Thursday, May 11, 2017

Vintage Coastal Sign Tutorial

I've been looking for some art work for our newly finished basement and I've been crushing on vintage wood signs. I thought it would be fun to have some really large signs with the names of nearby places, so I decided to try to make my own. Here's the result. Each of these signs are 48" long and 5 1/2" wide.

Check out this texture. 

This is a project I've been working on for the last two weeks. I had a clear vision of what I was trying to create, but it took a lot of trial and error to get there. I found a lot of ways NOT to do this! I finally got it the kinks worked out and I'm ready to share the tutorial. This tutorial does NOT require artistic talent or a fancy cutting machine. Keep reading.

  • Wood--I used 48" 1x6's that I got from the salvage year for $1 each.
  • Sander or sand paper.
  • Paint--I used Annie Sloan Chalk Paint in Old White, Provence, and Aubusson Blue. This project actually takes very little paint, so if you buy the sample size containers, you'll have more than enough.
  • Water-based matte polyurethane--a small can will be plenty.
  • Mod Podge in matte finish.
  • Brushes
  • Engineering print (from Staples) 
  • Plastic cup with water


Step 1: Prepare and paint the board.

  • Sand the board to remove splinters and rough edges. You don't need to go crazy and make it too smooth. You want to leave some imperfections and texture.
  • Paint the board. I used multiple alternating coats of Old White, Provence, and Aubusson Blue.
  • Distress the board. Sand through the finish until you achieve the look you're going for. It's hard to do this wrong. Just keep going until you're happy with the outcome. I finished off with a wash of Old White after I was done with the distressing.
  • Once the paint is completely dry, seal the board with a coat of water based polyurethane.

Step 2: Create the lettering.

For this step you'll need to use PowerPoint. There may be other applications you can use, but this is the only way I know how to do it. This sounds more complicated than it actually is. I just tried to make the instructions very explicit.

  • Open PowerPoint to a blank slide (no formatting).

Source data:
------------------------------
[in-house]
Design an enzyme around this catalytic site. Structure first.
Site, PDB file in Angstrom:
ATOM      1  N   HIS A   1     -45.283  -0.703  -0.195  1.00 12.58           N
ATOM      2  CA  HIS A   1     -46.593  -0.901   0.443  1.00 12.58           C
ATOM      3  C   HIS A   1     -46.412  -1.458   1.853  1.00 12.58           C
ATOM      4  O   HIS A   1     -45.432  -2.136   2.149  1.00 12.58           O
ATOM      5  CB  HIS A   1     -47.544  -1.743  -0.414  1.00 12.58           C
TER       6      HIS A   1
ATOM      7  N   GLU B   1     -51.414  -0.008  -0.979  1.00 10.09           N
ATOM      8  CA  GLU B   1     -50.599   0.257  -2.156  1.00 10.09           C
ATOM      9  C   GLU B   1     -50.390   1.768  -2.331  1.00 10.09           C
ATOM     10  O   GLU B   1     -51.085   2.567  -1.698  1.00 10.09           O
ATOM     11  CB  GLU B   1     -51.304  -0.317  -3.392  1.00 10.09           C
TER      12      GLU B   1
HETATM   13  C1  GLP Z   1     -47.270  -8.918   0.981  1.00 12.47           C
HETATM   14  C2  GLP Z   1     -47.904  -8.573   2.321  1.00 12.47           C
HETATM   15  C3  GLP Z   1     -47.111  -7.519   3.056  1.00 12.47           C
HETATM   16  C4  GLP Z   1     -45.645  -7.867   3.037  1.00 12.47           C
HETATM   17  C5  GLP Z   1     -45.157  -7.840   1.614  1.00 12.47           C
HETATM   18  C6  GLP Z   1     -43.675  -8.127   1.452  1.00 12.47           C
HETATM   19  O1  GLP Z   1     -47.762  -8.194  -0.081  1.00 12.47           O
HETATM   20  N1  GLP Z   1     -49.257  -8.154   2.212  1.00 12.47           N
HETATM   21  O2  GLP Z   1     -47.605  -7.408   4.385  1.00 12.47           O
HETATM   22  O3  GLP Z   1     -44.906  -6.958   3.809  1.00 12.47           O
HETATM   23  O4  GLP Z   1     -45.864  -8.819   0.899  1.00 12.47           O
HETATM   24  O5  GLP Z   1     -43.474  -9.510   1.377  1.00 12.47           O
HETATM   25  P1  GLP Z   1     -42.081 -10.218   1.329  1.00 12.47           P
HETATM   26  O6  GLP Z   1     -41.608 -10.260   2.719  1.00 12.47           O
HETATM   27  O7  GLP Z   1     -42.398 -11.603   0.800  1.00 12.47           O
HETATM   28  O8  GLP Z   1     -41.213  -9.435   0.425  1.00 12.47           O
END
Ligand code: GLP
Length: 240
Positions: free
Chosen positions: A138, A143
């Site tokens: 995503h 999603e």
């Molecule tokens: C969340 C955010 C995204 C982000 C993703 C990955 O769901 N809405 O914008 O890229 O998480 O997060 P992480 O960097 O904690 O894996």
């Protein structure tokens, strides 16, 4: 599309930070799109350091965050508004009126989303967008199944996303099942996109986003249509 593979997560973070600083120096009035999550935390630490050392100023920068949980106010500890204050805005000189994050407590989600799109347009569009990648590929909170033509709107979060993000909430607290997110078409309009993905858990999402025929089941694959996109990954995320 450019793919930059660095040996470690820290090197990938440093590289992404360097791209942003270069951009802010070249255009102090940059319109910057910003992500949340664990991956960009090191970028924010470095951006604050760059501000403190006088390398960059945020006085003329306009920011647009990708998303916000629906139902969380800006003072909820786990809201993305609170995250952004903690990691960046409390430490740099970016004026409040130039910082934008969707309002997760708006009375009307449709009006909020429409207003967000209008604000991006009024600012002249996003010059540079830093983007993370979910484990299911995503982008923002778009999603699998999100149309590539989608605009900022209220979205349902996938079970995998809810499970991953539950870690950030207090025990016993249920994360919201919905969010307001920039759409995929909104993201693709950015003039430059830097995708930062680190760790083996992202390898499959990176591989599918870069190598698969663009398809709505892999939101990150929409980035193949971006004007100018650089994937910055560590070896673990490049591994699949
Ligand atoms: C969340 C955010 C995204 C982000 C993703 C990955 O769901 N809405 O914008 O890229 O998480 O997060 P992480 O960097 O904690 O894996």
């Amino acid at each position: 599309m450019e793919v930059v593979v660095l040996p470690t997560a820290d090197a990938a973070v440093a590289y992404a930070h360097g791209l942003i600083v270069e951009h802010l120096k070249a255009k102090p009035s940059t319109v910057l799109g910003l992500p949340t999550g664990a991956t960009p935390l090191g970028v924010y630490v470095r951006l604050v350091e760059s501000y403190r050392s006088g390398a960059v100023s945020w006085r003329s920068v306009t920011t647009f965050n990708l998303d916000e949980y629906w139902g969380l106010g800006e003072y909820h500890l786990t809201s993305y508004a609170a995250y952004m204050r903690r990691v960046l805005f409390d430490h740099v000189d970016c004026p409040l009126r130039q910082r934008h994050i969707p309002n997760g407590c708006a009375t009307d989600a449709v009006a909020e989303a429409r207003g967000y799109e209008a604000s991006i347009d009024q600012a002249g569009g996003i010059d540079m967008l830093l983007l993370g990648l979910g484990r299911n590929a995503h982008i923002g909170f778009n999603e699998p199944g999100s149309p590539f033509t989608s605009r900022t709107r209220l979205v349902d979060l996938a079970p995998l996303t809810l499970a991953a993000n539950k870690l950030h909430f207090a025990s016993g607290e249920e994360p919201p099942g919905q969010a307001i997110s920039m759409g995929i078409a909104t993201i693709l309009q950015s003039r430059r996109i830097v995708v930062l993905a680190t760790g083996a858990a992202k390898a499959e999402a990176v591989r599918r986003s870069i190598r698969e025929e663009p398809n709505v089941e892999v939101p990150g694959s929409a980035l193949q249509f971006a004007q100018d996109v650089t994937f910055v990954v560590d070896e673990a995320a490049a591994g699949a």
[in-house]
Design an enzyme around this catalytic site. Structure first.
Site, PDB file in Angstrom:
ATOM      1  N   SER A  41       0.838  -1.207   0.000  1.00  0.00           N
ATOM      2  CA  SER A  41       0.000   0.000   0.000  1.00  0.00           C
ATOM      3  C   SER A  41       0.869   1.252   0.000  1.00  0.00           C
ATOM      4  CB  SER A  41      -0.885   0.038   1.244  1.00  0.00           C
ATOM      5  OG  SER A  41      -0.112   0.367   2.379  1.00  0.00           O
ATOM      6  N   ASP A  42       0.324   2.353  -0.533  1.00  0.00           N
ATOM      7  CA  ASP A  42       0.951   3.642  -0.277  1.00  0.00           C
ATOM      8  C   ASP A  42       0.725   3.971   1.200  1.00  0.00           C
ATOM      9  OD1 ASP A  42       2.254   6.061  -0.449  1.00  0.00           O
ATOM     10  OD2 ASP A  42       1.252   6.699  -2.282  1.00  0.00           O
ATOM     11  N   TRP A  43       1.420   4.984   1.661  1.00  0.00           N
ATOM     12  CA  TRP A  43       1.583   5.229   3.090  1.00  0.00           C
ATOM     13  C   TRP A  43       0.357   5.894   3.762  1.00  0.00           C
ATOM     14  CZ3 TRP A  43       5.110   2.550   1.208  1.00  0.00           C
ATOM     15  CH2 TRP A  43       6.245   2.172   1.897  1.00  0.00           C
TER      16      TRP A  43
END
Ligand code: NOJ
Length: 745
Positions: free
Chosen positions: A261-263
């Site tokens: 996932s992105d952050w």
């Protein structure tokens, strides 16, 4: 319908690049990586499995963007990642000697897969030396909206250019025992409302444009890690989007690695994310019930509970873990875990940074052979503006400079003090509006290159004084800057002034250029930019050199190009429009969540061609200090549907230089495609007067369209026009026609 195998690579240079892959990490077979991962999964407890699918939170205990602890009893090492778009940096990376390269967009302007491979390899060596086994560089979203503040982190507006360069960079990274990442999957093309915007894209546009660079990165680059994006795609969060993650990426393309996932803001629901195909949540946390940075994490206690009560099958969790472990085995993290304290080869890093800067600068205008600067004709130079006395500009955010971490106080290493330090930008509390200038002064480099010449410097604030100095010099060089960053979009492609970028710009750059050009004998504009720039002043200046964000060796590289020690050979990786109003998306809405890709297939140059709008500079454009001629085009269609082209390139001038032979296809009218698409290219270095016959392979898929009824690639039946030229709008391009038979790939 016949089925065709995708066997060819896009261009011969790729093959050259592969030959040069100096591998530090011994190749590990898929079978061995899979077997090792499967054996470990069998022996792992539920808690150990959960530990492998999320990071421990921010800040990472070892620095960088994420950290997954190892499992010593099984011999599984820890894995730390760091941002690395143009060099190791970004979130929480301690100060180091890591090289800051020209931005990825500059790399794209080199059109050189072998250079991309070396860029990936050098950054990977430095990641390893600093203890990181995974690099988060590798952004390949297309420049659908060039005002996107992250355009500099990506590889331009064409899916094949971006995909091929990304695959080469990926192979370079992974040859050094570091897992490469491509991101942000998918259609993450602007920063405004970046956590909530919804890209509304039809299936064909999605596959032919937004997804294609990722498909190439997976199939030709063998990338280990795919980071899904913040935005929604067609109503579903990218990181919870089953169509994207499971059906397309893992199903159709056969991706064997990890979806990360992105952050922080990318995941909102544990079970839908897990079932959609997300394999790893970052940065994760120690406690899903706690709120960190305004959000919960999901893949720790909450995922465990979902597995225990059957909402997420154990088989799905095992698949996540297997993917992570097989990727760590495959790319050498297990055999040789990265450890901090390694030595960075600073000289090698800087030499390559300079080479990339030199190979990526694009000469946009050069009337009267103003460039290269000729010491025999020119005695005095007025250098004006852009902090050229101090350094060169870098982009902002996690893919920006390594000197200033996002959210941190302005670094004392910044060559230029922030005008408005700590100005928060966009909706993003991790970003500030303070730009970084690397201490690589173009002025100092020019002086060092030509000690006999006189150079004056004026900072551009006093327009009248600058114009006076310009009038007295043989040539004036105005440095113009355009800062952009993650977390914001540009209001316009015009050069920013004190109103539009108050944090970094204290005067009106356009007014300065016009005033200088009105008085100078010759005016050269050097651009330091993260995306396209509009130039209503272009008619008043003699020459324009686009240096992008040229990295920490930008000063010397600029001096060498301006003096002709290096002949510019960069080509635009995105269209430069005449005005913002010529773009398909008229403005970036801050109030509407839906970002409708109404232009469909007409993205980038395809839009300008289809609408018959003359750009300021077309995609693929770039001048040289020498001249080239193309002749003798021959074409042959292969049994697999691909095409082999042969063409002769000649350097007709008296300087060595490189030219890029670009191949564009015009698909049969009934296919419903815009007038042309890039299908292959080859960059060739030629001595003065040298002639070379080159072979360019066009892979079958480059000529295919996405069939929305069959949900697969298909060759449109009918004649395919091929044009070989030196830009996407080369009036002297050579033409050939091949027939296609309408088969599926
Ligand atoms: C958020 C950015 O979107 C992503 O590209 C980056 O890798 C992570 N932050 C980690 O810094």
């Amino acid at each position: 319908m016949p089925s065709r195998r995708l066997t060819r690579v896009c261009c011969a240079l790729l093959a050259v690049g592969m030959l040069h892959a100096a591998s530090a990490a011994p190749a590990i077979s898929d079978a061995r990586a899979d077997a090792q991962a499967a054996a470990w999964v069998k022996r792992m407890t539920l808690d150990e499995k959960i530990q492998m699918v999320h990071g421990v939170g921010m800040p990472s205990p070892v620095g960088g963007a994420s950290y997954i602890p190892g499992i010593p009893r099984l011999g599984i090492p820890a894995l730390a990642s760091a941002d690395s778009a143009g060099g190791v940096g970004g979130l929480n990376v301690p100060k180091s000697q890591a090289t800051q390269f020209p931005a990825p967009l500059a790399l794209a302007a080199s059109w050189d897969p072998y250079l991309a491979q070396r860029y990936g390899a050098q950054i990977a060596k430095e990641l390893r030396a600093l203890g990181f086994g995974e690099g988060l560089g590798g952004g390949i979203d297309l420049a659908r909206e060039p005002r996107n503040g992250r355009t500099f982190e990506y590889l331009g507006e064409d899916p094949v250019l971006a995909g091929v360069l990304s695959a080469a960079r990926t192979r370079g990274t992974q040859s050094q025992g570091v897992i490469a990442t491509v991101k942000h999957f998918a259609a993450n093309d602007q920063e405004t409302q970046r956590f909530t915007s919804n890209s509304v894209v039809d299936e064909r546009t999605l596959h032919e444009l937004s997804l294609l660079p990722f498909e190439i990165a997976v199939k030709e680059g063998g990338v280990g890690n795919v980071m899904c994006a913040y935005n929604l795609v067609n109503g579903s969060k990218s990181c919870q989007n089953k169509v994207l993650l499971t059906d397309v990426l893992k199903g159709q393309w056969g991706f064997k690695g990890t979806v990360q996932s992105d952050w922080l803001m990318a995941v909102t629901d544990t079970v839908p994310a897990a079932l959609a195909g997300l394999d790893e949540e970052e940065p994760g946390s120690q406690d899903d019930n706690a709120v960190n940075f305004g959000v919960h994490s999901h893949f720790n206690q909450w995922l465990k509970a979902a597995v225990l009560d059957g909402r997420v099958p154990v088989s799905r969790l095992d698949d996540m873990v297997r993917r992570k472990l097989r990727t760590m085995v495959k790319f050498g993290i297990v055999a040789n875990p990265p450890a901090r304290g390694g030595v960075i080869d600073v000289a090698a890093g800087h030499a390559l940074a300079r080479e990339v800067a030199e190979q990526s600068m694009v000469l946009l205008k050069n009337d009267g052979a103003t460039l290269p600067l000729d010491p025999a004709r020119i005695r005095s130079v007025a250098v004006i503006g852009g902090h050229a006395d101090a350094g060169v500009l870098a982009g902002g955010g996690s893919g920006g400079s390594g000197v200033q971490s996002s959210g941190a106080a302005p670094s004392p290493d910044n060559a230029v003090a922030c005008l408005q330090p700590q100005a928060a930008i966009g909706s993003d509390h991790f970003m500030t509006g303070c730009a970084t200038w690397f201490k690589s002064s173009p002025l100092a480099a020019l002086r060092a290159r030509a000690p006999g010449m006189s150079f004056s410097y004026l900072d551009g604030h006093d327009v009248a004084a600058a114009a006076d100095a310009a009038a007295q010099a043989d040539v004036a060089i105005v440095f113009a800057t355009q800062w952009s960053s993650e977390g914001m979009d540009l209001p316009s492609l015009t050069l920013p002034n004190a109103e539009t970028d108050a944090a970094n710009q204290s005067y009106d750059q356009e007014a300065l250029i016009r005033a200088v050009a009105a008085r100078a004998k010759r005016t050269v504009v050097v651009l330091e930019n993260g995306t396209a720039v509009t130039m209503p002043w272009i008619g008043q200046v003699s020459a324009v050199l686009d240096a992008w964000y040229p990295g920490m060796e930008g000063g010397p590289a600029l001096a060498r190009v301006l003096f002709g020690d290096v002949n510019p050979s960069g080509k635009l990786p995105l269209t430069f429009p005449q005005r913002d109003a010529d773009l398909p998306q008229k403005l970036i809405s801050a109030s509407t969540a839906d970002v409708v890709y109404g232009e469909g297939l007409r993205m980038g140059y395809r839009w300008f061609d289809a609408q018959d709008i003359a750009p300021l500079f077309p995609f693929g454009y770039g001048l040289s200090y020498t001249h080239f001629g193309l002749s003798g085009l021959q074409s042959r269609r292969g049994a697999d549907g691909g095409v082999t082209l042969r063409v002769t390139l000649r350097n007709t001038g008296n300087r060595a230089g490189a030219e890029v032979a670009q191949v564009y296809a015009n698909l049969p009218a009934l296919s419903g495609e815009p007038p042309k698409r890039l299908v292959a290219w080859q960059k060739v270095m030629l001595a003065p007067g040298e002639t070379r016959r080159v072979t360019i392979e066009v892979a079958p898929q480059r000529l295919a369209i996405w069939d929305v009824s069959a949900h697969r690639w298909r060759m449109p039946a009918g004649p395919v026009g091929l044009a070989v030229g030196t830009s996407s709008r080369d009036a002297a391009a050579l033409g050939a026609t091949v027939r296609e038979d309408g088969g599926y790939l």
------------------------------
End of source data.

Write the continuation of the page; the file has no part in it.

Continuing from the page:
• Under the "Design" tab, click on Page Setup. Change the width and height of the slide to exactly match the width and height of your board.
  • Insert a text box. Choose your font (I used Papyrus) and increase the font size to about 200. You'll need to play around with this depending on the size of the board and the font you choose.
  • Type in the words you want on your sign. Increase or decrease the size of the font until it looks right to you. This is exactly how your finished sign will look.
  • When you're happy with everything, click "Save as" and choose JPEG for the file type. This will save your slide as a picture.
  • Open the saved picture with Paint or with your picture manager. Click "Rotate" and select "Flip horizontal." This will create a mirror image of your lettering. Copy this.
  • Go back to PowerPoint and add a new slide. Paste your reverse image into the slide and adjust the size until the reverse lettering fits perfectly into the slide (which is the same size as your board).
  • Save the slide as a PDF file.
  • Send or take the PDF file to your nearest Staples and have the file printed as a black and white engineering print. A 48" x 36" print costs about $7. You can actually print multiple signs on one engineering print. You'll have plenty of room. In fact you might want to have a back up of your lettering just in case something goes wrong.

Step 3: Transfer the lettering to the sign.
  • Cut your engineering print into strips. Dry fit your lettering to the board to make sure everything fits and is centered. You may want to make a light pencil or chalk mark so you'll know how to line it up.
  • Brush a thick, even coat of Mod Podge on the printed side of your lettering.
  • Place the lettering print side down on your board.
  • Now CAREFULLY press down on the letter to make sure it is in contact with the board.You will probably start seeing the lettering come through the paper.Smooth out any wrinkles. The paper is fragile when it's wet and is easily torn. 
  • Let it all dry over night. 

Step 4: Finishing up.
  • Using a paint brush, generously apply water to the paper. Let it sit for a few minutes.
  • Starting in the middle (NOT at an edge), slowly rub off the paper backing. Use only your fingers and rub in a circular motion. Always rub from the middle toward the edges, not the other way around. No matter how tempting it might be, DO NOT attempt to peel the paper backing off the board. If you do, your lettering will come off. Do not rush this step. It is tedious and messy, but the results will be worth it. You may have to re-wet the paper several times. When the paper is all gone, your lettering will be left behind on the board. Please note, once dry and cured, your lettering will be firmly attached to the board, but while the paper is being removed, if you rub too hard, some of the lettering may come off. If that happens, stop rubbing in that area, but don't panic. You can always touch up any missing spots with a little paint or a sharpie. 
  • When all the paper is removed, let everything dry overnight then finish off with another coat of the water based polyurethane.
  • Finally attach some saw tooth hangers to the back side and hang up your new sign.

I hope you enjoyed this tutorial on how to make a vintage coastal sign.


  1. Beautiful! I appreciate all the tips!

  2. Finally, directions I understand! Thank you so much, Lisa!

    1. You are so welcome! Thanks for stopping by!